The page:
I’ve been listening to these Kurt Vonnegut stories on DVD after reading them many years ago. Some are cranky and clunky, but many hold up pretty well. The one I remembered was “Harrison Bergeron,” a story set in the future, where everyone is fully equal–the more extraordinary your talents, the greater the handicap you are issued by Diana Moon Glampers, the Handicapper General.
While an exaggeration, we have often invoked Diana Moon Glampers when reading about some act of extreme political correctness, and I remembered the story pretty accurately.
But others I had forgotten, especially “All the King’s Horses,” a gem. Revisiting these stories made me remember how thrilling it was to first read them and Cat’s Cradle, and Kesey’s One Flew Over the Cuckoo’s Nest, Robert Stone’s Flag for Sunrise. All bleak, alienated, heroic, American novels.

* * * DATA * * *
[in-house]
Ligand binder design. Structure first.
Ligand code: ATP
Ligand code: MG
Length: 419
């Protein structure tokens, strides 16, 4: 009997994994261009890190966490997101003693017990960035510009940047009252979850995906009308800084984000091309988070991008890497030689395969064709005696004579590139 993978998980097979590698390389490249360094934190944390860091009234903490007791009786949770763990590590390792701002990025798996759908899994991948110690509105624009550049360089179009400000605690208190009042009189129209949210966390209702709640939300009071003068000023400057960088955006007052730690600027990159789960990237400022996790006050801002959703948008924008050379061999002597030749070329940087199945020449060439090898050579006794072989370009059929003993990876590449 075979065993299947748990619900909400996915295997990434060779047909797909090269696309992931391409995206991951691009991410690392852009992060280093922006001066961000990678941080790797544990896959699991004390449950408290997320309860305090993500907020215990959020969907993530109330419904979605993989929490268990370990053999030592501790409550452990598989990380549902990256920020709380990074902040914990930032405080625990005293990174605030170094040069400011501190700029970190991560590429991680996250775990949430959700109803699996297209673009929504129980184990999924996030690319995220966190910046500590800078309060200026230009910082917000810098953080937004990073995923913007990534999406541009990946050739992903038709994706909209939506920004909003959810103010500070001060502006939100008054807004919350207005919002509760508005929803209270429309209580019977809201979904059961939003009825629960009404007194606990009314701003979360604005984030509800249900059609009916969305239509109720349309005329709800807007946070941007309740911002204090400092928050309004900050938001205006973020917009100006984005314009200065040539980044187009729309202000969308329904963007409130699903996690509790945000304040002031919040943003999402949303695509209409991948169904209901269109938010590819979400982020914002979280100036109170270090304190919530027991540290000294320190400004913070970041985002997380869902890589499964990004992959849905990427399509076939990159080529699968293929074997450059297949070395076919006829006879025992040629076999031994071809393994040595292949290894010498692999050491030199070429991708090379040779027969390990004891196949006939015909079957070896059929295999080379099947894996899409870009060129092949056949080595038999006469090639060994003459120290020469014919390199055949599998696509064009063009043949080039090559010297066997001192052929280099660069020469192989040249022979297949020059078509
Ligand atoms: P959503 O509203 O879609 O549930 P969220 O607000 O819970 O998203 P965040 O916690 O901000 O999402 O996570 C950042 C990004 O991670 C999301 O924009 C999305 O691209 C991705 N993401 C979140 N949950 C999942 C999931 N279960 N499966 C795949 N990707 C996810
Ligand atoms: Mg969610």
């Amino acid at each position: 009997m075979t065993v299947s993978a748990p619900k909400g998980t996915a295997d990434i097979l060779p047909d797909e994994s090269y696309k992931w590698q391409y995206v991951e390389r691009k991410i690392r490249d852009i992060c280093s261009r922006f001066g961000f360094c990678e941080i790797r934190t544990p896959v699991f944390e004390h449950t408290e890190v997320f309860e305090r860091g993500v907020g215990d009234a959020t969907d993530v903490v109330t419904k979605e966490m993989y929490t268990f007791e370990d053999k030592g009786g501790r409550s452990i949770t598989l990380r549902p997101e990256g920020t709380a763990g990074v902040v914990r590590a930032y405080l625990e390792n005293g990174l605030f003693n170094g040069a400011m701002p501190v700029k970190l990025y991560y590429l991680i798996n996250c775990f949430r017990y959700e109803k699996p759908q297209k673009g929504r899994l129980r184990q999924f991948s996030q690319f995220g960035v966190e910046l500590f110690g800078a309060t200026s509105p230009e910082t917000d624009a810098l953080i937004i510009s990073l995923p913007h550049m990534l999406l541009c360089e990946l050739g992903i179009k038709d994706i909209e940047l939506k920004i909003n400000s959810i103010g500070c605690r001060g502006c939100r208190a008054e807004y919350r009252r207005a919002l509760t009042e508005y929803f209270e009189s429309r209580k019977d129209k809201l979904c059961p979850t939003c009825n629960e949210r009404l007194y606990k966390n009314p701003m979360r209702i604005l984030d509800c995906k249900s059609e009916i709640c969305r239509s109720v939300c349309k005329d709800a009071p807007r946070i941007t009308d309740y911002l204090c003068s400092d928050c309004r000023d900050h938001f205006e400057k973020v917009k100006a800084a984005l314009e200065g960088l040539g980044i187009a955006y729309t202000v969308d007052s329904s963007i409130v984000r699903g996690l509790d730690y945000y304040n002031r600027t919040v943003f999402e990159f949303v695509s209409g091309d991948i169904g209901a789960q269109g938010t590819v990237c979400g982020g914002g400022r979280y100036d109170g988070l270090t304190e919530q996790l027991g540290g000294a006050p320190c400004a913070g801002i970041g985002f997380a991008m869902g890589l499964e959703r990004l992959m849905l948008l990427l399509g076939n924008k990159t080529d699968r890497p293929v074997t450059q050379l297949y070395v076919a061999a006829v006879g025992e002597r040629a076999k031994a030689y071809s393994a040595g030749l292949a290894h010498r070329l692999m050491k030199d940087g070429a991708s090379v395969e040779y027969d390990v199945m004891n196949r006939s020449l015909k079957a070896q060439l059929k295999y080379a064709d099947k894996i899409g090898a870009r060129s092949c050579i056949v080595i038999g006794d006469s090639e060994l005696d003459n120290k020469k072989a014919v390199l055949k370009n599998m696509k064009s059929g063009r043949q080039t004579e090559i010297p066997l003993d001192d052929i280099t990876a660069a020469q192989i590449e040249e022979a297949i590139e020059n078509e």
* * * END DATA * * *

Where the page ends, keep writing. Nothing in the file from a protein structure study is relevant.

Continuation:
It’s hard to find a novel this good these days. I’ve been sorely disappointed by Subtle Bodies, Norman Rush’s new book. I loved Mating and Mortals, and his book of short stories, Whites. But this one, while the prose is captivating, seems to have stumbled into quicksand. Being a novelist is an increasingly challenging occupation, I guess. Any recommendations? I hate to have that feeling that I’ve read all the good books.
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